• Agreements (such as the North American Free Trade Agreement and other international free trade agreements, Canada-international non-trade agreements, and provincial nominees)
    • Canadian interests (such as airline personal, entrepreneurs, intra-companies transferees, francophone workers, spouses of skilled workers, spouses of students etc.)
    • Applicants with no other means of support (refugees)
    • Permanent residence applicants in Canada (such as live-in-caregiver class and spouse or common-law partner in Canada class)
    • Vulnerable workers
    • Humanitarian reasons
    • Unique work situations

Young professionals can also work in Canada under the International Experience Canada (IEC) Program if they are from a participating country. In some situations, a job offer will be required to apply for this program.

Recent graduates in Canada who have applied/obtained a Post-Graduation Work Permit are allowed to work full-time for any employer in any occupation (except restrictions defined on the work permit).

International students who meet the eligibility criteria can work part-time while taking classes and full-time during summer brakes.

Labour Market Impact Assessment (LMIA)

Before hiring an international worker, most employers need a government authorization that comes through an approved LMIA application. LMIAs are processed by Employment and Social Development Canada (ESDC) which ensures that the entry of these workers will not have a negative impact on the Canadian labour market.

Foreign nationals included in an approved LMIA are then able to apply for a work permit.
For a successful LMIA application, it is essential to demonstrate that:

  • The job offer is genuine;
  • The wages and working conditions are comparable to those offered to Canadians working in the same occupation;
  • Employers conducted reasonable efforts to hire Canadians for the job;
  • The foreign workers if filing a labour shortage;
  • The employment of the foreign worker will directly create new job opportunities or help retain jobs for Canadians;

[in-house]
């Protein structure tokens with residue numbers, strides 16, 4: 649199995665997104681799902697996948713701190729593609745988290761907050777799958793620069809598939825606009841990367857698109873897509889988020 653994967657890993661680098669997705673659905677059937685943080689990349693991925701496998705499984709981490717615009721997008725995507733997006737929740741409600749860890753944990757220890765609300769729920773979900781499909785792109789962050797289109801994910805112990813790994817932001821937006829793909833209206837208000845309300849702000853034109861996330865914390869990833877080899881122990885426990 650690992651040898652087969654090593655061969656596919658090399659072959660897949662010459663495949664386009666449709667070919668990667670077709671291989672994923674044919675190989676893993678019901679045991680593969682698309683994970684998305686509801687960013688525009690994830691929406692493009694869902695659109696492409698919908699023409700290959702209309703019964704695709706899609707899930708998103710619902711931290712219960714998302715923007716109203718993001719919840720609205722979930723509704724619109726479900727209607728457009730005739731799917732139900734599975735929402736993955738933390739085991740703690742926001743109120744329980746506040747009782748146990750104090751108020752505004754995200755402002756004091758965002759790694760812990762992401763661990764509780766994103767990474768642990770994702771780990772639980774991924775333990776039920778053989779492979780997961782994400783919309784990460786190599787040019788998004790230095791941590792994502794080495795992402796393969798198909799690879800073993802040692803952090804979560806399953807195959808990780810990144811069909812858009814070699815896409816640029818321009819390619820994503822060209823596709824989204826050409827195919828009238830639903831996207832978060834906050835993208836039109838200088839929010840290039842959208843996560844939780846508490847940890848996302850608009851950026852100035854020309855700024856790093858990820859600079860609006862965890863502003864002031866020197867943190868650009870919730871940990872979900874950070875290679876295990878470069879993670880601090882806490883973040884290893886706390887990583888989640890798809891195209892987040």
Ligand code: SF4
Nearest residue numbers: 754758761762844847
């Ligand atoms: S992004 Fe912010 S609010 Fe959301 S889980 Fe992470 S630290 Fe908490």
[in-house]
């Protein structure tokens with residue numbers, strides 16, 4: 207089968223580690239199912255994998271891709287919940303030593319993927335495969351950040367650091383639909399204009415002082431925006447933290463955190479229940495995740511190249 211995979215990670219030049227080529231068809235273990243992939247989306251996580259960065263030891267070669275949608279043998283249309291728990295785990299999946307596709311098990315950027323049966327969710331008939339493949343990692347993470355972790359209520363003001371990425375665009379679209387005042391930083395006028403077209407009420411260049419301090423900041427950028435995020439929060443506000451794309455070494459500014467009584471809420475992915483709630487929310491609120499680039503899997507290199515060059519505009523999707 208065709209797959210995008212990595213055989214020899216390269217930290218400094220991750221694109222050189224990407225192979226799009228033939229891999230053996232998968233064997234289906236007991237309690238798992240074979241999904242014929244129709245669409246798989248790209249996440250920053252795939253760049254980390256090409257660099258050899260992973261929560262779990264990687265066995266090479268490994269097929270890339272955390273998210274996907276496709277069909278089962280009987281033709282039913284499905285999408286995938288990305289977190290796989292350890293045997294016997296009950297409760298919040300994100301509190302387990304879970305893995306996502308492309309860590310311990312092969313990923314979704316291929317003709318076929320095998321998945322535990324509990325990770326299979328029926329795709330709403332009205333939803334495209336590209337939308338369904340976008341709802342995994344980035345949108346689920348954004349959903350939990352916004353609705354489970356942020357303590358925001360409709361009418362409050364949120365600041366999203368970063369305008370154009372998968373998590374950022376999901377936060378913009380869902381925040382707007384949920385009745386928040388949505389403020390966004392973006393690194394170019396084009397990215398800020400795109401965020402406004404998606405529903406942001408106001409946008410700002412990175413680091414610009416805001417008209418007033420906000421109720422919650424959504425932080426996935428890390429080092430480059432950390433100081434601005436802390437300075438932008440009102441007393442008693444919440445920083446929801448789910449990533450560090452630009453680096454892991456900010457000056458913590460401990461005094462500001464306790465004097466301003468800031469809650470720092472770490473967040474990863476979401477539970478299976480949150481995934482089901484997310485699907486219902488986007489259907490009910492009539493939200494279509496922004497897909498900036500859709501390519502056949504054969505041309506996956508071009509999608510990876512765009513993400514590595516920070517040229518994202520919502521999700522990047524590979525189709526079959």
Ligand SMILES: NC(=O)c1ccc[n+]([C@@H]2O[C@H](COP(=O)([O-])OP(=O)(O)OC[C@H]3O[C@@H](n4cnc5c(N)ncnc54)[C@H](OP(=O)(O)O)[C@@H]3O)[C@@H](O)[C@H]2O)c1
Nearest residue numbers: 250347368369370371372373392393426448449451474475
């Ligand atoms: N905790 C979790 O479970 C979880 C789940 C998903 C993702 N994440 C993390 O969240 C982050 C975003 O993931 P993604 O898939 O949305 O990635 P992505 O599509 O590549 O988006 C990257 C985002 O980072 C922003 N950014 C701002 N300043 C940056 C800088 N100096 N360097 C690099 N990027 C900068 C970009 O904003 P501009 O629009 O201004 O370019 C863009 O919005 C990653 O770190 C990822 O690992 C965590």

• The foreign worker will transfer new skills and knowledge to Canadians; and
  • The hiring of the foreign worker will not affect a labour dispute or the employment of any Canadian worker involved in such dispute.

LMIA Streams

Low-wage Stream: Applicable when the employer offers to the worker a wage below the provincial or territorial median hourly wage.

Requirements for employers:

  • Offering a full-time job (at least 30 hours per week)
  • Performing three different methods of recruitment for four consecutive weeks
  • Offering a wage equal or higher the hourly median wage for the same job position and work location
  • Paying transportation for worker to come to Canada and return to country of residency at the end of work term 
  • Ensuring that suitable and affordable housing is available for the worker, and the worker is covered by health and workplace safety insurance

High-wage Stream: Applicable when the employer offers to the worker a wage at or above the provincial or territorial median hourly wage.
Requirements for employers:

  • Offering a full-time job (at least 30 hours per week)
  • Performing three different methods of recruitment for four consecutive weeks
  • Offering a wage equal or higher the hourly median wage for the same job position and work location
  • Ensuring that the worker is covered by workplace safety insurance
  • Submitting a transition plan

Our representatives assist employers in providing accurate and complete information when applying for any immigration program to hire a foreign worker. We also assist workers and their family to come and settle in Canada, assuring a committed, long-term relationship with the employers.

 

Immigration Consultants in Canada 

Serving clients across Kelowna, Kamloops, Lake Country, Vernon, Penticton, Merritt, Prince George, Vancouver, Burnaby, Richmond, Victoria, Toronto, Winnipeg, Edmonton, Calgary, Regina, Saskatoon, Ottawa, Mississauga, Quebec, Montreal, Charlottetown, Fredericton, Halifax, St. John's and the surrounding areas.

We also serve across Latin America, Brazil, Chile, Mexico, Hong Kong, Dubai and the Philippines.

Find out the best program to hire foreign workers for your company.